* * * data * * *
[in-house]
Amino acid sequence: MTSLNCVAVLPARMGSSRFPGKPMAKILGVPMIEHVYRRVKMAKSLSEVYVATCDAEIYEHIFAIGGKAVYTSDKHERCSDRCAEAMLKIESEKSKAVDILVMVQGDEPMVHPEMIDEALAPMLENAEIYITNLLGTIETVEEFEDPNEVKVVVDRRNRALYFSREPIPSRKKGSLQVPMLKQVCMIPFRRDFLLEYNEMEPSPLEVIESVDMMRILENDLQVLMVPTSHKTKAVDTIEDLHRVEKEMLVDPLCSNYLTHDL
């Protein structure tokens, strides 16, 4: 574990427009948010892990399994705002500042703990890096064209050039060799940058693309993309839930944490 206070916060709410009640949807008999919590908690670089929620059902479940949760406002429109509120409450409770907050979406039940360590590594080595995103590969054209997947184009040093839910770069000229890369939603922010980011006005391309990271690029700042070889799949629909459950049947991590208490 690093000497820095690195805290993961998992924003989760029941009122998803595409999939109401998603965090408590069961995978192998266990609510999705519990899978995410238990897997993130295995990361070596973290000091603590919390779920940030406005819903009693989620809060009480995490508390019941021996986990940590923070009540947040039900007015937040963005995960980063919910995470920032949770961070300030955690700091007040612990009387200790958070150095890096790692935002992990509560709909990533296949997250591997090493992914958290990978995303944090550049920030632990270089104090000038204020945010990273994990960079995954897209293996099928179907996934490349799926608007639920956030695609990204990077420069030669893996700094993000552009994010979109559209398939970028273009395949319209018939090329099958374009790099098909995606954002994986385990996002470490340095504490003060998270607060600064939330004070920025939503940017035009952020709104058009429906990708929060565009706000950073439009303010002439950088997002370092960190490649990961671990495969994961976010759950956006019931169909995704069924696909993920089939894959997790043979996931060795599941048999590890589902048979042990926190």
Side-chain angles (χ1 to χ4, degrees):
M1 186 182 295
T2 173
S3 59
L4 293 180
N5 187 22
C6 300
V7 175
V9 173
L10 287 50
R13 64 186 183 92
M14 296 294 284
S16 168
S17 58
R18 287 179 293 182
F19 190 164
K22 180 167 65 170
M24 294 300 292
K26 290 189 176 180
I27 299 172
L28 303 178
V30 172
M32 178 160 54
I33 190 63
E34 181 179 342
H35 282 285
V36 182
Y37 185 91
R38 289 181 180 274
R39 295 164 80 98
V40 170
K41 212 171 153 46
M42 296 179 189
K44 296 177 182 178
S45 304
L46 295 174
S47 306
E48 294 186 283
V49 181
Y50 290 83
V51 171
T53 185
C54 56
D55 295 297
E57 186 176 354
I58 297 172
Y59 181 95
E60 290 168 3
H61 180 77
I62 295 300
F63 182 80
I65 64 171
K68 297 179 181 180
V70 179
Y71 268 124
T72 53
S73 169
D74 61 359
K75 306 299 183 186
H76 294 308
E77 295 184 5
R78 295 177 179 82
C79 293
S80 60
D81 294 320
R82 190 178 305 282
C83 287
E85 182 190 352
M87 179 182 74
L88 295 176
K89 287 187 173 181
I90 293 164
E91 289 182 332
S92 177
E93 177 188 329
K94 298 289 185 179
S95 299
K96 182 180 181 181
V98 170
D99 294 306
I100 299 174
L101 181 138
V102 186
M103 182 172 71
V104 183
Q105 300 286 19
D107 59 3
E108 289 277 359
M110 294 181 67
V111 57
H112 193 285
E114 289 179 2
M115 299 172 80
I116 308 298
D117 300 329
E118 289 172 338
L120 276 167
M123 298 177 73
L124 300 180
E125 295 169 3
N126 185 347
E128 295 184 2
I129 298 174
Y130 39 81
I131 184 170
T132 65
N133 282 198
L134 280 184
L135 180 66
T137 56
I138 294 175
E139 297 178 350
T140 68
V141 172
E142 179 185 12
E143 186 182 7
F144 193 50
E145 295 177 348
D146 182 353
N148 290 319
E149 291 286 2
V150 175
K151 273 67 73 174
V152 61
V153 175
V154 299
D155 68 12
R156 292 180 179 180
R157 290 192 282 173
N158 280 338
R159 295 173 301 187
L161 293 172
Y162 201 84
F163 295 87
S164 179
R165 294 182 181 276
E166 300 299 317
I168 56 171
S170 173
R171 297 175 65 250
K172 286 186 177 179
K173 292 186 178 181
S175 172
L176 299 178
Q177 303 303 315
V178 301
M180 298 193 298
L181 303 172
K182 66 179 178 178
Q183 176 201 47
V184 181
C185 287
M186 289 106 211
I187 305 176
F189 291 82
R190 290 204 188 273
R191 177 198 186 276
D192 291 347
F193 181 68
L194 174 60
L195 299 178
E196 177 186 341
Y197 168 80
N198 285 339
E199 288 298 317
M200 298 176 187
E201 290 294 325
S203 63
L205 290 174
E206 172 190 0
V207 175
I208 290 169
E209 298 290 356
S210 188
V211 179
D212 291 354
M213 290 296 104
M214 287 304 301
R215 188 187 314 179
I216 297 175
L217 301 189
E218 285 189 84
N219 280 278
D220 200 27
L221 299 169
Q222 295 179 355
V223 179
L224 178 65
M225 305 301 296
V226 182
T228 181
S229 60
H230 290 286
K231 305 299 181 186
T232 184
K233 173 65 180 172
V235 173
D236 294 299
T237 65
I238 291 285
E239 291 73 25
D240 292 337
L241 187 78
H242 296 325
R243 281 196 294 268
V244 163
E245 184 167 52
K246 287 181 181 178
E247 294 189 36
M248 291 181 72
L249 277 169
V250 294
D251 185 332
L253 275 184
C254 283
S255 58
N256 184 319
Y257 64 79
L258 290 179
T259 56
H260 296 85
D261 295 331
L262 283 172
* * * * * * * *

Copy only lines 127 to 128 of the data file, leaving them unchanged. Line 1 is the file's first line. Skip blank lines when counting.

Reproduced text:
V152 61
V153 175